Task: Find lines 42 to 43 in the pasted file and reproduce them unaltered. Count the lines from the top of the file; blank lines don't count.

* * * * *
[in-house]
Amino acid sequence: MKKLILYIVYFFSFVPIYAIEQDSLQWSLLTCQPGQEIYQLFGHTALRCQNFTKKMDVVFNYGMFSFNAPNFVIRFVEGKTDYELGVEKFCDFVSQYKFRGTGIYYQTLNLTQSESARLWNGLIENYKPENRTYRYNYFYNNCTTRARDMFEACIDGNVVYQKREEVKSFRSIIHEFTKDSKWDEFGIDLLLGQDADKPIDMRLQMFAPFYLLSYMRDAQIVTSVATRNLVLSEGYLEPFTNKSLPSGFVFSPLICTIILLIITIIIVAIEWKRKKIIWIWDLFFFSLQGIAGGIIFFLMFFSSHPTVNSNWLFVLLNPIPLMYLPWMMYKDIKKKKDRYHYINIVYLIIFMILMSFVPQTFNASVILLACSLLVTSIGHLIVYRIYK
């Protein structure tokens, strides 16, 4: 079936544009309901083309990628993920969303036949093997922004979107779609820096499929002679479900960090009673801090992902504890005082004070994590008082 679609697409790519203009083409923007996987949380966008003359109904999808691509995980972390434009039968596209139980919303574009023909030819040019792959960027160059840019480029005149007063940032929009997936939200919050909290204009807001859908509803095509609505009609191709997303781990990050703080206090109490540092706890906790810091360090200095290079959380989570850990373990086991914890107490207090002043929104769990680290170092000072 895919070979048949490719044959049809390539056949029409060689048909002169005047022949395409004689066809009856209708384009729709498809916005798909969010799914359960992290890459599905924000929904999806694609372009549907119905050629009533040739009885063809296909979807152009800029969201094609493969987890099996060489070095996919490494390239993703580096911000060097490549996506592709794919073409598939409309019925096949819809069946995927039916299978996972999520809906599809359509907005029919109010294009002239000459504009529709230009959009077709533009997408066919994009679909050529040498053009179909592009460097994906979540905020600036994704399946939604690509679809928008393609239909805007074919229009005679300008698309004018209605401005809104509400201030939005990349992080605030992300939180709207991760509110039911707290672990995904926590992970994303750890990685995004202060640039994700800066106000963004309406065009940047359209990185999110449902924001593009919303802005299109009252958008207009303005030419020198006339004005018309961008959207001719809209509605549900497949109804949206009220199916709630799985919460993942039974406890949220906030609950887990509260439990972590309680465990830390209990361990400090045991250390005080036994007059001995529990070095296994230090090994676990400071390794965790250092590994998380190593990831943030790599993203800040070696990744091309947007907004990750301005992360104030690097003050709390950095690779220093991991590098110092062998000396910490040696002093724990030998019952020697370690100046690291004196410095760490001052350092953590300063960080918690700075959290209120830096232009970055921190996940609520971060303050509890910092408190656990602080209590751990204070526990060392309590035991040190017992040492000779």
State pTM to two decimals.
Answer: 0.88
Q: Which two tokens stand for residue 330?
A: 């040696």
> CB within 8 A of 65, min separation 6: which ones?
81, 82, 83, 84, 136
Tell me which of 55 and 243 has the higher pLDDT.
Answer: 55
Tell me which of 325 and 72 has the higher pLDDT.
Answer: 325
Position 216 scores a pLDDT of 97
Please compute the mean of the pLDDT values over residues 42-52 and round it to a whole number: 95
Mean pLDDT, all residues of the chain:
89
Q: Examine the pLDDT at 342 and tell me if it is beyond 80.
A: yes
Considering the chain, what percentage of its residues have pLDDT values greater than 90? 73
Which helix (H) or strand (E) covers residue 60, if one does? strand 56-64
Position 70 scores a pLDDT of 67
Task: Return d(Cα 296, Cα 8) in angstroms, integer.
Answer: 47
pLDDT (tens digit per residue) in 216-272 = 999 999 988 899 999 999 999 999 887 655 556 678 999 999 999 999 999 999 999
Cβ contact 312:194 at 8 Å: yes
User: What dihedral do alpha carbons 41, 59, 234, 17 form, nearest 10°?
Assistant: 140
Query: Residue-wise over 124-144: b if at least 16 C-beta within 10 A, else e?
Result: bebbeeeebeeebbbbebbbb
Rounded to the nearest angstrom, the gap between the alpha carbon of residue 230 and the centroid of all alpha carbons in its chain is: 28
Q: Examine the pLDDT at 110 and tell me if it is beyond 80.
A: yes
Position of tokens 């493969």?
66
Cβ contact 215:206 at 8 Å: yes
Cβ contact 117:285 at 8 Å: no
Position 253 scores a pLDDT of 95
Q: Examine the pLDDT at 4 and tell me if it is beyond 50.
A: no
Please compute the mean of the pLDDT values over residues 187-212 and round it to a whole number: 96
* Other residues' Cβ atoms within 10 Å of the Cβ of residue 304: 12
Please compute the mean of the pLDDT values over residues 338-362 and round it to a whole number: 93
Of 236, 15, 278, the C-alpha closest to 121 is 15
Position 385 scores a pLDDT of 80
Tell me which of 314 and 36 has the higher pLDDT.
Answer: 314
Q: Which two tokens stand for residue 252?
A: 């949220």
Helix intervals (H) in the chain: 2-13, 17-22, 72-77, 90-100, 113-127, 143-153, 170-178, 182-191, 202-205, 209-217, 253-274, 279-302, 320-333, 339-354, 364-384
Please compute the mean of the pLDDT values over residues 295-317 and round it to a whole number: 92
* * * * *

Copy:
* Other residues' Cβ atoms within 10 Å of the Cβ of residue 304: 12
Please compute the mean of the pLDDT values over residues 338-362 and round it to a whole number: 93